Education & Early Career
Professor Abrams holds a B.A. summa cum laude from Wesleyan University, where he was elected to Phi Beta Kappa and won the History Prize and the Scholar-Athlete Award. He holds his law degree from Columbia University School of Law.
From 1976-78, he served as law clerk to Judge Hugh R. Jones of the New York Court of Appeals (New York’s highest court). From 1978-81, he was in private practice with Kaye Scholer, a Park Avenue firm in New York City. From 1982-89, he was an associate professor at Fordham University Law School.
Teaching & Scholarship
Professor Abrams joined the University of Missouri faculty in 1989. In the past 26 years, he has written or co-authored five books and the U.S. Supreme Court has cited his law review articles in four decisions.
Professor Abrams’ first book was The Law of Civil RICO (Aspen 1991). West Academic recently published the fifth edition of his casebook, Children and the Law–Doctrine, Policy and Practice (co-author), and the fifth edition of his Children and the Law In a Nutshell (co-author). In 2003, he wrote A Very Special Place in Life: The History of Juvenile Justice in Missouri. His most recent book is Contemporary Family Law, a West Academic casebook whose fourth edition appeared in 2015 (co-author). In the spring of 2016,West Academic will publish his sixth book , Effective Legal Writing: A Guide for Students and Practitioners.
At the law school, Professor Abrams has received the Administration of Justice, Distinguished Faculty Achievement, and Teacher-of-the-Year awards. He teaches Children and the Law, Constitutional Law, Family Law, and American Legal History.
With his book royalties, Professor Abrams created the Happiness For Health program, a permanent endowment that provides toys, stuffed animals, and games for sick and injured children at the MU Children’s Hospital. HFH also provides parties for children hospitalized on their birthdays and other special occasions.
He is vice-chair of the bipartisan 15-member Advisory Board of the Missouri Division of Youth Services (DYS), which is considered one of the nation’s foremost statewide juvenile justice treatment agencies. He serves on the Board of Advisors of the MU Children’s Hospital. He also serves on the board of directors and the executive committee of the Missouri Juvenile Justice Association, which promotes justice for the state’s children, youth and families.
Professor Abrams is a Fellow of The Missouri Bar Foundation, which seeks to improve the legal system through law-related research, education and charitable endeavors. He advises the Missouri Bar Board of Governors on issues relating to member lawyers’ First Amendment speech rights concerning positions the Bar takes. He served on the Missouri Bar Commission on Children and the Law, and the legislature enacted several bills he drafted relating to children’s welfare. He is the Associate Editor of the Juvenile and Family Court Journal, and he chairs the editorial board of the Journal of the Missouri Bar.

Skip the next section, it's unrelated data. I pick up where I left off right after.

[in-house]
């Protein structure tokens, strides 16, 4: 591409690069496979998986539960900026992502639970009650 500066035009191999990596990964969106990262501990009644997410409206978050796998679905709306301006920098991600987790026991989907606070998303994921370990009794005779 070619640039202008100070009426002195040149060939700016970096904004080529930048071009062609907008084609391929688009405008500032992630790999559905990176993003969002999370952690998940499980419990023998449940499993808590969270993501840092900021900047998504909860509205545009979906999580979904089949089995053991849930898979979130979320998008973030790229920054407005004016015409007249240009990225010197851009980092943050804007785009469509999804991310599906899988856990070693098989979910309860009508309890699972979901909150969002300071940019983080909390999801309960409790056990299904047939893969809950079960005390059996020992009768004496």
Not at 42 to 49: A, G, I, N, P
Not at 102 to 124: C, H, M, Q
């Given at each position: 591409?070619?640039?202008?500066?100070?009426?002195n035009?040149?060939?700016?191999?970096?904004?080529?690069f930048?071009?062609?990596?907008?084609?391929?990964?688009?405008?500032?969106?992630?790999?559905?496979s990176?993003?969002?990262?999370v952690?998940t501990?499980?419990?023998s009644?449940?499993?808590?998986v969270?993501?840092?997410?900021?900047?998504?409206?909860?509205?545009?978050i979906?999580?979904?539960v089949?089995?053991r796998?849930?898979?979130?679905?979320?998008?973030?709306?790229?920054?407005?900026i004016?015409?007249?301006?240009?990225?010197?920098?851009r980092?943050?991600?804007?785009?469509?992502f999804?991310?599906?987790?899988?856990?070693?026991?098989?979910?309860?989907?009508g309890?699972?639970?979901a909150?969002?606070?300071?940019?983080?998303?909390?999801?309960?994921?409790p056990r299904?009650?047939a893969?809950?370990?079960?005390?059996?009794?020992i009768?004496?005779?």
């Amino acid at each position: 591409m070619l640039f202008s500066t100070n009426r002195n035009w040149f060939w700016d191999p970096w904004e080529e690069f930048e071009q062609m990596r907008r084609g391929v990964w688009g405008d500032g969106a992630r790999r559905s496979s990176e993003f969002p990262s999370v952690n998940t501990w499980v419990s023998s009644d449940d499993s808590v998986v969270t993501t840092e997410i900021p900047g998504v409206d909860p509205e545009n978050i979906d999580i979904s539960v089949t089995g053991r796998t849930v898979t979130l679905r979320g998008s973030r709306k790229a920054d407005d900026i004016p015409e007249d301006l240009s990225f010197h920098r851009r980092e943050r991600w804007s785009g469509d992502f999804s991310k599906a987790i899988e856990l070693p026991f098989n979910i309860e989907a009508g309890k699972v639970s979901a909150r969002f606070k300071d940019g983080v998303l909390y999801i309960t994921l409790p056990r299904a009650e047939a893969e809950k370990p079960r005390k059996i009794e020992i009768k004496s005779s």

In 1994, Professor Abrams received the Meritorious Service to the Children of America Award, presented by the National Council of Juvenile and Family Court Judges. In 2000, he received a Spurgeon Smithson Award, presented by the Missouri Bar Foundation for outstanding service to the cause of justice. In 2005, he received a Chairperson’s Award from the Missouri Bar’s Young Lawyers Section. In 2011, he received the Missouri Bar’s Distinguished Service Award for career-long service in the law.
Professor Abrams was a goaltender on the Wesleyan University hockey team for four years. In 1973, he set the Eastern College Athletic Conference (ECAC) Division III record for most saves in a game (64). He was the first Wesleyan hockey player to be named to the weekly ECAC All-East Team.
Professor Abrams was the 2013 recipient of the Excellence in Safety Award presented by USA Hockey, the sport’s national governing body. He is the first lawyer to receive the award, which usually recognizes a nationally known physician or medical researcher for “outstanding contributions through many years of service to make hockey a safer game for all participants.” He coached youth ice hockey at all age levels for 42 years, and he now writes and speaks about coaching, player safety, and sports ethics. (Professor Abrams’ sports publications are listed on pages 8 – 16 of his CV (PDF)).The New Hampshire Union Leader has called him “one of the people who help serve as the conscience for anyone involved in youth sports.”
In 1990, Professor Abrams played a leading role in creating the first organized youth hockey teams in mid-Missouri. During his eleven-year tenure as the new mid-Missouri youth hockey program’s first president, the program grew from 25 players to 180, while enrolling every interested child, encouraging beginners, teaching sportsmanship, providing need-based scholarships, and fully involving each player in every practice and game. In 1999, he received the Missouri Park and Recreation Association’s Citation Award for his pioneering service.
Professor Abrams’ coaching stressed citizenship education. As the players improved their athletic skills each year, his teams also conducted community service projects that won national, state, and local recognition. A local newspaper called one of his teams “a philanthropic organization on skates.”
Professor Abrams serves on the Team of Experts of MomsTEAM, a leading resource for youth sports parents about safety, nutrition, sportsmanship and coaching. He also serves on the board of directors of the MomTEAM Institute, a leading health and safety advocate.